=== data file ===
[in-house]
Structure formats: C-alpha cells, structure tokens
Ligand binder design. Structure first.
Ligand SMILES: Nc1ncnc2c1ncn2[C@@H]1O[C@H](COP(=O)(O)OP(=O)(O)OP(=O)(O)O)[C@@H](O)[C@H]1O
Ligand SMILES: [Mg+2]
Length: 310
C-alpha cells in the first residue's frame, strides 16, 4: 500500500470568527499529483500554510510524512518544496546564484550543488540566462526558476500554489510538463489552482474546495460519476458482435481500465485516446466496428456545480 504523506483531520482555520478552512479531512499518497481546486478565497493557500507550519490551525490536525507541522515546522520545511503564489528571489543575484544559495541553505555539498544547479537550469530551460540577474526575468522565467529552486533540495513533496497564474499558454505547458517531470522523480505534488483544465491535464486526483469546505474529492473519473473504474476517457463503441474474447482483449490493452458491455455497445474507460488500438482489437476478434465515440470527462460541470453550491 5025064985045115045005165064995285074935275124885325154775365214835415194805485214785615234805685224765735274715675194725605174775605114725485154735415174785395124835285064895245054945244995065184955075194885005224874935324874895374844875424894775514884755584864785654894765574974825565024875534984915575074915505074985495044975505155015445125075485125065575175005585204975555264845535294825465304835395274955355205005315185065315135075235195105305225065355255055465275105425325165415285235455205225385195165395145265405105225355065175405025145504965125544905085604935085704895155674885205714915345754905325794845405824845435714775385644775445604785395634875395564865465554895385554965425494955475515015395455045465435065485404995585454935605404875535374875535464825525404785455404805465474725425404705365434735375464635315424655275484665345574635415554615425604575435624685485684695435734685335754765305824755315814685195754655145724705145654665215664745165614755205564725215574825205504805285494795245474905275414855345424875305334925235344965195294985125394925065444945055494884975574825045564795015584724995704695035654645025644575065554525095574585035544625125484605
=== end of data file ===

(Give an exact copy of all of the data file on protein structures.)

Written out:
[in-house]
Structure formats: C-alpha cells, structure tokens
Ligand binder design. Structure first.
Ligand SMILES: Nc1ncnc2c1ncn2[C@@H]1O[C@H](COP(=O)(O)OP(=O)(O)OP(=O)(O)O)[C@@H](O)[C@H]1O
Ligand SMILES: [Mg+2]
Length: 310
C-alpha cells in the first residue's frame, strides 16, 4: 500500500470568527499529483500554510510524512518544496546564484550543488540566462526558476500554489510538463489552482474546495460519476458482435481500465485516446466496428456545480 504523506483531520482555520478552512479531512499518497481546486478565497493557500507550519490551525490536525507541522515546522520545511503564489528571489543575484544559495541553505555539498544547479537550469530551460540577474526575468522565467529552486533540495513533496497564474499558454505547458517531470522523480505534488483544465491535464486526483469546505474529492473519473473504474476517457463503441474474447482483449490493452458491455455497445474507460488500438482489437476478434465515440470527462460541470453550491 5025064985045115045005165064995285074935275124885325154775365214835415194805485214785615234805685224765735274715675194725605174775605114725485154735415174785395124835285064895245054945244995065184955075194885005224874935324874895374844875424894775514884755584864785654894765574974825565024875534984915575074915505074985495044975505155015445125075485125065575175005585204975555264845535294825465304835395274955355205005315185065315135075235195105305225065355255055465275105425325165415285235455205225385195165395145265405105225355065175405025145504965125544905085604935085704895155674885205714915345754905325794845405824845435714775385644775445604785395634875395564865465554895385554965425494955475515015395455045465435065485404995585454935605404875535374875535464825525404785455404805465474725425404705365434735375464635315424655275484665345574635415554615425604575435624685485684695435734685335754765305824755315814685195754655145724705145654665215664745165614755205564725215574825205504805285494795245474905275414855345424875305334925235344965195294985125394925065444945055494884975574825045564795015584724995704695035654645025644575065554525095574585035544625125484605